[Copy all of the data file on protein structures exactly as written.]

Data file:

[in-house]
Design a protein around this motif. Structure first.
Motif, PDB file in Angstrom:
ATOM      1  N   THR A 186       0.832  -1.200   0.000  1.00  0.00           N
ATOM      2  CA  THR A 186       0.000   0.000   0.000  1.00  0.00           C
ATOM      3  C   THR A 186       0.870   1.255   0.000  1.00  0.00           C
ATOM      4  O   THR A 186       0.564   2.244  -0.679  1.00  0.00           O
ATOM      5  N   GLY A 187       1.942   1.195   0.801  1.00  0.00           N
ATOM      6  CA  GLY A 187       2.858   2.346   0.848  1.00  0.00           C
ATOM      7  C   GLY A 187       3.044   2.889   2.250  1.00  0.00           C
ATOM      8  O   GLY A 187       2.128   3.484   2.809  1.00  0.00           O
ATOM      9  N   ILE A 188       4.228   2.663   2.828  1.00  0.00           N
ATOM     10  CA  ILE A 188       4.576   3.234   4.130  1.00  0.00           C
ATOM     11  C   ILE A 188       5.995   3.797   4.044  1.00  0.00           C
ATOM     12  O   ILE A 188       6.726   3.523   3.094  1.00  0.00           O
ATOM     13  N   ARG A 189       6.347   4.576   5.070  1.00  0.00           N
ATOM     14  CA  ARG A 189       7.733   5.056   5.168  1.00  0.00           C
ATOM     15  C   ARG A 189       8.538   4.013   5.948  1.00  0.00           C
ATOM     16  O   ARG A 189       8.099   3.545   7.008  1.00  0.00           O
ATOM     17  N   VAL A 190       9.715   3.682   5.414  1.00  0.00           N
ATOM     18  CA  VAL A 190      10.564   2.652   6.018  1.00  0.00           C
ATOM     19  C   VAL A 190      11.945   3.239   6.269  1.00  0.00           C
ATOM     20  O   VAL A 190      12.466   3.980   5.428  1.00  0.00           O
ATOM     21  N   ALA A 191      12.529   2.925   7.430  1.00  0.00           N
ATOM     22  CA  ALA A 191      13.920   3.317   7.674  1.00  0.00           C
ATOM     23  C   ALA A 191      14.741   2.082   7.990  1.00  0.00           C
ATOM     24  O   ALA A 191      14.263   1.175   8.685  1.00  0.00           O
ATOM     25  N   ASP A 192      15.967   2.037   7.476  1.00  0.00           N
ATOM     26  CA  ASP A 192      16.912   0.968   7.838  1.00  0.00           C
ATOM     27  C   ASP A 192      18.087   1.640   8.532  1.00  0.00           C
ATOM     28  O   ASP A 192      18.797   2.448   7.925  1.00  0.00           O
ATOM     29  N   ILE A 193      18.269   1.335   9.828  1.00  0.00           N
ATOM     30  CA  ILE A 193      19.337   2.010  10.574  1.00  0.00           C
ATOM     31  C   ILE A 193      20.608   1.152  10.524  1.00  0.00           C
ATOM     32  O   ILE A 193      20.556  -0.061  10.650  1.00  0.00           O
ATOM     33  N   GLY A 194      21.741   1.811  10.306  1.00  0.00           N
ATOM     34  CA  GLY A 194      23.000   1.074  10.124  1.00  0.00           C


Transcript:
[in-house]
Design a protein around this motif. Structure first.
Motif, PDB file in Angstrom:
ATOM      1  N   THR A 186       0.832  -1.200   0.000  1.00  0.00           N
ATOM      2  CA  THR A 186       0.000   0.000   0.000  1.00  0.00           C
ATOM      3  C   THR A 186       0.870   1.255   0.000  1.00  0.00           C
ATOM      4  O   THR A 186       0.564   2.244  -0.679  1.00  0.00           O
ATOM      5  N   GLY A 187       1.942   1.195   0.801  1.00  0.00           N
ATOM      6  CA  GLY A 187       2.858   2.346   0.848  1.00  0.00           C
ATOM      7  C   GLY A 187       3.044   2.889   2.250  1.00  0.00           C
ATOM      8  O   GLY A 187       2.128   3.484   2.809  1.00  0.00           O
ATOM      9  N   ILE A 188       4.228   2.663   2.828  1.00  0.00           N
ATOM     10  CA  ILE A 188       4.576   3.234   4.130  1.00  0.00           C
ATOM     11  C   ILE A 188       5.995   3.797   4.044  1.00  0.00           C
ATOM     12  O   ILE A 188       6.726   3.523   3.094  1.00  0.00           O
ATOM     13  N   ARG A 189       6.347   4.576   5.070  1.00  0.00           N
ATOM     14  CA  ARG A 189       7.733   5.056   5.168  1.00  0.00           C
ATOM     15  C   ARG A 189       8.538   4.013   5.948  1.00  0.00           C
ATOM     16  O   ARG A 189       8.099   3.545   7.008  1.00  0.00           O
ATOM     17  N   VAL A 190       9.715   3.682   5.414  1.00  0.00           N
ATOM     18  CA  VAL A 190      10.564   2.652   6.018  1.00  0.00           C
ATOM     19  C   VAL A 190      11.945   3.239   6.269  1.00  0.00           C
ATOM     20  O   VAL A 190      12.466   3.980   5.428  1.00  0.00           O
ATOM     21  N   ALA A 191      12.529   2.925   7.430  1.00  0.00           N
ATOM     22  CA  ALA A 191      13.920   3.317   7.674  1.00  0.00           C
ATOM     23  C   ALA A 191      14.741   2.082   7.990  1.00  0.00           C
ATOM     24  O   ALA A 191      14.263   1.175   8.685  1.00  0.00           O
ATOM     25  N   ASP A 192      15.967   2.037   7.476  1.00  0.00           N
ATOM     26  CA  ASP A 192      16.912   0.968   7.838  1.00  0.00           C
ATOM     27  C   ASP A 192      18.087   1.640   8.532  1.00  0.00           C
ATOM     28  O   ASP A 192      18.797   2.448   7.925  1.00  0.00           O
ATOM     29  N   ILE A 193      18.269   1.335   9.828  1.00  0.00           N
ATOM     30  CA  ILE A 193      19.337   2.010  10.574  1.00  0.00           C
ATOM     31  C   ILE A 193      20.608   1.152  10.524  1.00  0.00           C
ATOM     32  O   ILE A 193      20.556  -0.061  10.650  1.00  0.00           O
ATOM     33  N   GLY A 194      21.741   1.811  10.306  1.00  0.00           N
ATOM     34  CA  GLY A 194      23.000   1.074  10.124  1.00  0.00           C